Common Questions About Consumer Debt | McCarthy Law, PLC
August 15, 2016

Common Questions About Consumer Debt

My Ex Husband took our credit card debt in the divorce, but he has stopped paying those cards. Now they are coming after me.

Unfortunately, this is a very common divorce debt situation. Just because your divorce decree states that your husband is responsible for the debt does not let you off the hook for that debt. Your divorce decree is an agreement between you and your ex. It does not affect the relationship you have with your credit card company. If you were obligated to pay on the account before the divorce, you are still obligated to pay until the account in paid-in-full.

In this situation, the best thing for you to do is talk to your divorce attorney. Your divorce attorney can tell you what options you have to force your ex to do what they said they would and pay the bill on your marital debt. In the end, until the account is paid off, any late payments your ex makes will have a negative effect on your credit.

A debt collector contacted me about an old debt; do I have to pay it?

The answer to this question is – it depends. Whether you are still legally obligated to pay on a debt depends on your state’s statute of limitations. A statute of limitations is the period of time a creditor is entitled for file a lawsuit over that debt.

You can think of the statute of limitations as a countdown until you are no longer obligated to pay the debt. The countdown starts, typically, at the last payment you made on the account. When the countdown runs out, your creditors can no longer sue you on that debt. Whether your debt is truly outside of the statute of limitations is a question for a qualified attorney. Each state and each type of debt has different laws that dictate the statute of limitations that applies.

Even though your debt is outside the statute of limitations, debt collectors can still attempt to collect on the debt. The statute of limitations only prevents them from filing a lawsuit. Even at that, some creditors file lawsuits after the statute of limitations. If a creditor files a lawsuit against you, and you think the debt is beyond the statute of limitation, speak to a licensed attorney in your state.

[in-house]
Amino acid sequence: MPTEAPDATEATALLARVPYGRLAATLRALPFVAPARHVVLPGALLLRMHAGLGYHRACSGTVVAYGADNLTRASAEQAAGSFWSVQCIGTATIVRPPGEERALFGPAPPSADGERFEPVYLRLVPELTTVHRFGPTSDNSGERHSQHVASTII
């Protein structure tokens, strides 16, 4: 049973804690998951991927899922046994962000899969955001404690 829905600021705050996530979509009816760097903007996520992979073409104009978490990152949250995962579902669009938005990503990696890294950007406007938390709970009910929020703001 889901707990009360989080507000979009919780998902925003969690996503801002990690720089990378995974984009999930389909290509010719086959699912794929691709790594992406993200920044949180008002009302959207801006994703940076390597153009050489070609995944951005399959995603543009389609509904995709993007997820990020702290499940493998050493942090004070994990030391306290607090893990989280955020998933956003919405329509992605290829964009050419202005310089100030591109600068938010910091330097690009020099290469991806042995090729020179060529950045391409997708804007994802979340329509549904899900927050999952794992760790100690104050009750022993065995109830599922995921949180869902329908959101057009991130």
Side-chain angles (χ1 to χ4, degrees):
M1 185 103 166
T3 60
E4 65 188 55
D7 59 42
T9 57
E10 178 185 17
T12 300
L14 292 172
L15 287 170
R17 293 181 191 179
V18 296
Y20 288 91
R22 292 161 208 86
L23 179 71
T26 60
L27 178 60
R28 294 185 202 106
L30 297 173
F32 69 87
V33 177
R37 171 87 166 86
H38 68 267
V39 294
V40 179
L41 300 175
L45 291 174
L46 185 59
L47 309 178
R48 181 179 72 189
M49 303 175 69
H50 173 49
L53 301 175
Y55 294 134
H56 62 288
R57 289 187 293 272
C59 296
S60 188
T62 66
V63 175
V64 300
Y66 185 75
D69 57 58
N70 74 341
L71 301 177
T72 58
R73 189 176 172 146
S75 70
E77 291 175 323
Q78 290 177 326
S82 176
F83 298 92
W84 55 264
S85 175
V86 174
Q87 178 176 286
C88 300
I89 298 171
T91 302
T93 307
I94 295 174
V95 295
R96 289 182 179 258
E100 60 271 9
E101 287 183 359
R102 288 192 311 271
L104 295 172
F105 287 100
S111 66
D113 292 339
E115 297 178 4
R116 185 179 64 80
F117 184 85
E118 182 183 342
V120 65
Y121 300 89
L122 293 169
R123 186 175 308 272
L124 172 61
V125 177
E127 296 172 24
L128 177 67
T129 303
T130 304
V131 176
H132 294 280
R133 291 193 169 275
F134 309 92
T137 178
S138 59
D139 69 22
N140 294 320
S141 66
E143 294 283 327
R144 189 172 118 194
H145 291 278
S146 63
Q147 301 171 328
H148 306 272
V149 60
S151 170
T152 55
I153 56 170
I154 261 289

How do I know if a debt collector is real or a scam?

Your first contact with a debt collector can be a scary experience. You get on the phone with someone telling you that you owe money, and that they are prepared to use the full extent of the law to collect that money. If it is your debt, and you do want to pay, you then have to decide whether this debt collector is a legitimate collection agency. If they are not, you could just be throwing money away.

If you suspect the debt collector calling you is not legitimate, there are a few questions you will want to ask them. Any legitimate debt collector will tell you their name, the company name, the company’s street address, and a telephone number at which you can reach them. If the person you are talking to refuses to give you any of this information, this raises a big red flag. If the caller refuses, or you cannot validate this information, do not give them any money or bank information.

If they provide some of this information and you still are not sure if they are legitimate or not, you can request they send a written validation notice to you. This validation will include information about the amount of the debt, who the debt is owed to, and what your rights are under the Fair Debt Collection Practices Act.

If you are struggling with consumer debt, and you would like to speak to an attorney for guidance, McCarthy Law can help you. A debt settlement attorney can help you resolve your debts and protect your interests.

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